Some still celebrate Twelfth Night as the biggest night for parties and gift-giving and some also light a Yule Log on the first night (Christmas) and let it burn some each of the twelve nights. Some Americans also have their own traditional foods to serve each night.

As in olden days, Twelfth Night to Epiphany morning is then the traditional time to take down the Christmas tree and decorations.

(All information comes from the wikipedia entry located at )

Thursday, December 3, 2009

The Grandison Guide to Hanging Christmas Lights

The Grandison Inn on hanging Christmas Lights

We all know that decorating for Christmas can be a bit of a stressful event your first time. If you are planning on decorating your home for the first time, or even if you are looking for a more structured approach we have posted the list we found most useful for decorating.
You can find this list in its original posting here(
  1. Create an electric plan. Know exactly where you want your lights, but most importantly, know how you intend to plug them in. Too many strings connected together will often blow fuses (especially on the cheaper strings of lights), so consider structuring your set-up to utilize a couple of electrical outlets.

  2. Check safety issues. Consider cleaning dried leaves out of gutters to prevent any fire risks. Make sure all electrical cords are intact. Verify that hooks (or whatever you're using to attach the lights) are secure.

  3. Get the proper tools. Make sure you have the proper tools already out for the job. You'll most likely need a ladder, a tape measure, light clips/hooks, your lights and extension cords. You also might need a hammer, pliers and a screwdriver.

  4. Lay out and inspect lights. Before you hang anything, stretch out your lights across your yard or driveway. Get all of the twists and/or kinks out of the strings and check for any broken bulbs or split wiring. Go ahead and plug in the strings and replace dead bulbs. It'll be much easier to replace them on the ground than after they're hung.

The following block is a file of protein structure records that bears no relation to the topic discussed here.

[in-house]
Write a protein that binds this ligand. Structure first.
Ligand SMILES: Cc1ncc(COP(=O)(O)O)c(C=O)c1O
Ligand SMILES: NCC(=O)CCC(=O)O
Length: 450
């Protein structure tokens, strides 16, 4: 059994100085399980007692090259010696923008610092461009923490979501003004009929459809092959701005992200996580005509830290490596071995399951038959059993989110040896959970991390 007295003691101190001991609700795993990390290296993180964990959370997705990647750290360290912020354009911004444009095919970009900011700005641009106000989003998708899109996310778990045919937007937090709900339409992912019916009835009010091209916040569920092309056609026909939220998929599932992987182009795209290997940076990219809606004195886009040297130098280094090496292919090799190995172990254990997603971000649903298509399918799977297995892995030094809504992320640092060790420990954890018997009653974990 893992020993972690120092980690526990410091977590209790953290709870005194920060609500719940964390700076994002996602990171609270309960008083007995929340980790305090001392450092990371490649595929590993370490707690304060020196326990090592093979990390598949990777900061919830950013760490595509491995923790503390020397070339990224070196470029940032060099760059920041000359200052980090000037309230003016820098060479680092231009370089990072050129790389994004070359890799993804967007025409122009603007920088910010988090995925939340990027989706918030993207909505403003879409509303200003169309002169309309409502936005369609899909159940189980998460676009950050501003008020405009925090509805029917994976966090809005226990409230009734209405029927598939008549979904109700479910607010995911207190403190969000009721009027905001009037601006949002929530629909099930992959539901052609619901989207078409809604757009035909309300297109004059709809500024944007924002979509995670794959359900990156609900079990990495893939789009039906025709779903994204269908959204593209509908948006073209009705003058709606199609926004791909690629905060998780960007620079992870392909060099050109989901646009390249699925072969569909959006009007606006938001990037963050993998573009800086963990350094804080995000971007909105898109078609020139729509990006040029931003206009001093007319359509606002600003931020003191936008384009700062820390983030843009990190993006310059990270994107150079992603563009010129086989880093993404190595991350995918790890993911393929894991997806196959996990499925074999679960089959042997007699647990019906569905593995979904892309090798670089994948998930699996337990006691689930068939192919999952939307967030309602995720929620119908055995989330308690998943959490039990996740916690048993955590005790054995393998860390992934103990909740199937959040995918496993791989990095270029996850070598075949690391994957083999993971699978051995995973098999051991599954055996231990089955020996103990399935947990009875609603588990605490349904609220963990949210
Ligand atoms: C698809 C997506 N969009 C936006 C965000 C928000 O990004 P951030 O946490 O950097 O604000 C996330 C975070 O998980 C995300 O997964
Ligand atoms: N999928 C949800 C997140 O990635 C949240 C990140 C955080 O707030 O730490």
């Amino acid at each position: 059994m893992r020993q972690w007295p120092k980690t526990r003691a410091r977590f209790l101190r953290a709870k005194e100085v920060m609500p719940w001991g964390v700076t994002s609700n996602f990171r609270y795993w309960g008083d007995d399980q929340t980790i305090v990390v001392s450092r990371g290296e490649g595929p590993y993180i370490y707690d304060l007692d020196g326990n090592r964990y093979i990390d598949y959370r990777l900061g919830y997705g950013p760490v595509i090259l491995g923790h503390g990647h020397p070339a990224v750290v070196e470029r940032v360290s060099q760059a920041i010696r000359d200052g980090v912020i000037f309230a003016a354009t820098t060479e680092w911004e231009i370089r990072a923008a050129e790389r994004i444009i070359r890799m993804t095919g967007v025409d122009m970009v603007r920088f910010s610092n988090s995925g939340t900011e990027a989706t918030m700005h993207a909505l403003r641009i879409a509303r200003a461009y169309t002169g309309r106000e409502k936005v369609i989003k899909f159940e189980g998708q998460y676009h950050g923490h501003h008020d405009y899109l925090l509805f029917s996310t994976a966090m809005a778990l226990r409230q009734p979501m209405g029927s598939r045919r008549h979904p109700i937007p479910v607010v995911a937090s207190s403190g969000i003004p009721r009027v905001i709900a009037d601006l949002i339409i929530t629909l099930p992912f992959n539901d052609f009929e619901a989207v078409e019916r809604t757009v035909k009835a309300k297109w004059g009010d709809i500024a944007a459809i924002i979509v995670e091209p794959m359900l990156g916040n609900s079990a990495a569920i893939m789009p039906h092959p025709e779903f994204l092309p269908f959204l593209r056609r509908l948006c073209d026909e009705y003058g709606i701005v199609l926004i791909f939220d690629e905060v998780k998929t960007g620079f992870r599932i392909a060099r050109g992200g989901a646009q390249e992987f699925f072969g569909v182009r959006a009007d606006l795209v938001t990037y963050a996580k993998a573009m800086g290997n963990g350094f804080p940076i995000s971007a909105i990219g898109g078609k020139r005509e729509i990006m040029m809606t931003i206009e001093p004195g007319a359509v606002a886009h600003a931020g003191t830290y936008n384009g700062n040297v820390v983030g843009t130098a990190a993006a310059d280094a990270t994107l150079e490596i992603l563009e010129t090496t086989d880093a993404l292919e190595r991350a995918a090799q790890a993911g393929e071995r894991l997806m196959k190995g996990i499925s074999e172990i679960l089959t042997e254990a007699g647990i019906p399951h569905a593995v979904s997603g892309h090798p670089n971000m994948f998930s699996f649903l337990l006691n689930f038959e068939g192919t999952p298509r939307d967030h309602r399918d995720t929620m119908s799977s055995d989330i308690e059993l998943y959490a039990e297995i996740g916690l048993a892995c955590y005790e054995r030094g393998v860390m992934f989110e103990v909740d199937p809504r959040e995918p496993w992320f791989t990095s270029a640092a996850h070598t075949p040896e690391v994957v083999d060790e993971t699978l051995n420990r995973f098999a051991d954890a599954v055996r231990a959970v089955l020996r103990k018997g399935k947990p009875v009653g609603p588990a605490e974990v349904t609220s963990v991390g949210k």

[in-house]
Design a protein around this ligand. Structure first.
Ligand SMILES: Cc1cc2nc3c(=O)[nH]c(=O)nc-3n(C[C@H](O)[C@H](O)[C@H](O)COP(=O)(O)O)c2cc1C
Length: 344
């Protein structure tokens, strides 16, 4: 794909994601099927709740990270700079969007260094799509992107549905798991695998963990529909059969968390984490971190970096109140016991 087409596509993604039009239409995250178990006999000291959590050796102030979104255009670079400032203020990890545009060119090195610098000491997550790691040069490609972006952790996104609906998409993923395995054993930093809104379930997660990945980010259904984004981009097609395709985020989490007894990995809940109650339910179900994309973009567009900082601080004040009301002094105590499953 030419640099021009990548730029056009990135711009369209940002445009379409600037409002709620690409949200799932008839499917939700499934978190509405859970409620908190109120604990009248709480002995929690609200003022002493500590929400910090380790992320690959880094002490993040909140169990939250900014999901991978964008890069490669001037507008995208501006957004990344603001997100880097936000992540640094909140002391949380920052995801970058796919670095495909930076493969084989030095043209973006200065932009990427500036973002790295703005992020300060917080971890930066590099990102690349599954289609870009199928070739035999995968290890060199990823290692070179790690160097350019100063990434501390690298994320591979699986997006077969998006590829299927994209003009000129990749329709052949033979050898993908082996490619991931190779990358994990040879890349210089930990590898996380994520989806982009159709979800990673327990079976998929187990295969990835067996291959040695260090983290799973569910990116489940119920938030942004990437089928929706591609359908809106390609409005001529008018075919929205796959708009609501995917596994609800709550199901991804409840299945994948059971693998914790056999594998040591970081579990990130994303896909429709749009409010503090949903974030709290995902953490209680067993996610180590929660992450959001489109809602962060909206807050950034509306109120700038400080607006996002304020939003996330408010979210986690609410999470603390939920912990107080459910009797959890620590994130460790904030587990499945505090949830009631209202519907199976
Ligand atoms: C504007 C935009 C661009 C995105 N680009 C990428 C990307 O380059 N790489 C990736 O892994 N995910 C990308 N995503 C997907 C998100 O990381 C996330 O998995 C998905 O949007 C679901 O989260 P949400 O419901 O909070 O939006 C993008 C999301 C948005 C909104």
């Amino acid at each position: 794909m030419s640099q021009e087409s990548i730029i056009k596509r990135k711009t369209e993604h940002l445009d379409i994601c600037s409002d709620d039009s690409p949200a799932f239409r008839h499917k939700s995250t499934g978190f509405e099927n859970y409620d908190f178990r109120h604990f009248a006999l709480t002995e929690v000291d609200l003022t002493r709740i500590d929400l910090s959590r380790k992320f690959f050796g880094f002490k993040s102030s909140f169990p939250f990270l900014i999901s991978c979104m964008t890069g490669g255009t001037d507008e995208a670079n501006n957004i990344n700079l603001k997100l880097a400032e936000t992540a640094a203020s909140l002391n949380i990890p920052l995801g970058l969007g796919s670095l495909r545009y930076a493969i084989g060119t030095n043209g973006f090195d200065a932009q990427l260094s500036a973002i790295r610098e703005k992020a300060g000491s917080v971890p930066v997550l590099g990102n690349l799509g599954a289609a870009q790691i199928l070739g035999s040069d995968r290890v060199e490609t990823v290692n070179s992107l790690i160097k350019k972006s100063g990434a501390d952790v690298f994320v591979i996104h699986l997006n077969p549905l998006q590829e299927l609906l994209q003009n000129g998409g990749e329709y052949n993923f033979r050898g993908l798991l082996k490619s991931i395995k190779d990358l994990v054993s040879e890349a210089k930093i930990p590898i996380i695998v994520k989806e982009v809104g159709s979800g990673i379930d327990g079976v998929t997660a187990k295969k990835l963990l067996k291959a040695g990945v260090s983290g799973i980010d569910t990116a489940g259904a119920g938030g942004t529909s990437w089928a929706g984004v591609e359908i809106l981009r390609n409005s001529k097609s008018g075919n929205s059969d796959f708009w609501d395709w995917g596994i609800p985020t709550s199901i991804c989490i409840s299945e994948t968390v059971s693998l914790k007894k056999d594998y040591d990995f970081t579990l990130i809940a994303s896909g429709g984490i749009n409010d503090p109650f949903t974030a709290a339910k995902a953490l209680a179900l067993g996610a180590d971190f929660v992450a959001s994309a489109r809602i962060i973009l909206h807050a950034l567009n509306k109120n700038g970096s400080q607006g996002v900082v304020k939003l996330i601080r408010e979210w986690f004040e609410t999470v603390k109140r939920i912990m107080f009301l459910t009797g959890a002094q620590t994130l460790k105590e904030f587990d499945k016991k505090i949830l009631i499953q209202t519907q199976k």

5. Hang hooks/clips. Evenly space your hooks or clips along the eaves of your home. Make sure they are firmly in place and not spaced out so far that the strands will dangle. A foot or so is usually about right. Go ahead and hang all of the hooks along your planned area before attaching the lights. Do not use staples or nails. You may split the wires and ruin the strands or potentially cause serious electrical hazards.

  6. Hang lights. Make sure your ladder is on flat ground and firmly placed if leaning it against the house. If possible, always have a helper hold the ladder. As you hang the lights, make sure to hold the strings up so that the weight of the un-hung portion doesn't pull off any clips or hooks.

  7. Prepare the power. Plug in all strings of lights to their respective cords or outlets. Set any timers you may be using. Make sure to secure any extension cords, not leaving dangling cords or wires that may cause a safety hazard.

  8. Flip the switch. Turn on your lights and do another check of any dead bulbs or strings. If you have an entire string out, check the connections first before replacing any strings. Odds are it is a connection or a single bulb rather than a bad string if it worked a few moments before hanging.

  9. Enjoy! After cleaning up and putting away all of your tools, take a walk away from your house and enjoy your work. There's just something about holiday lighting to get people in the spirit of the season.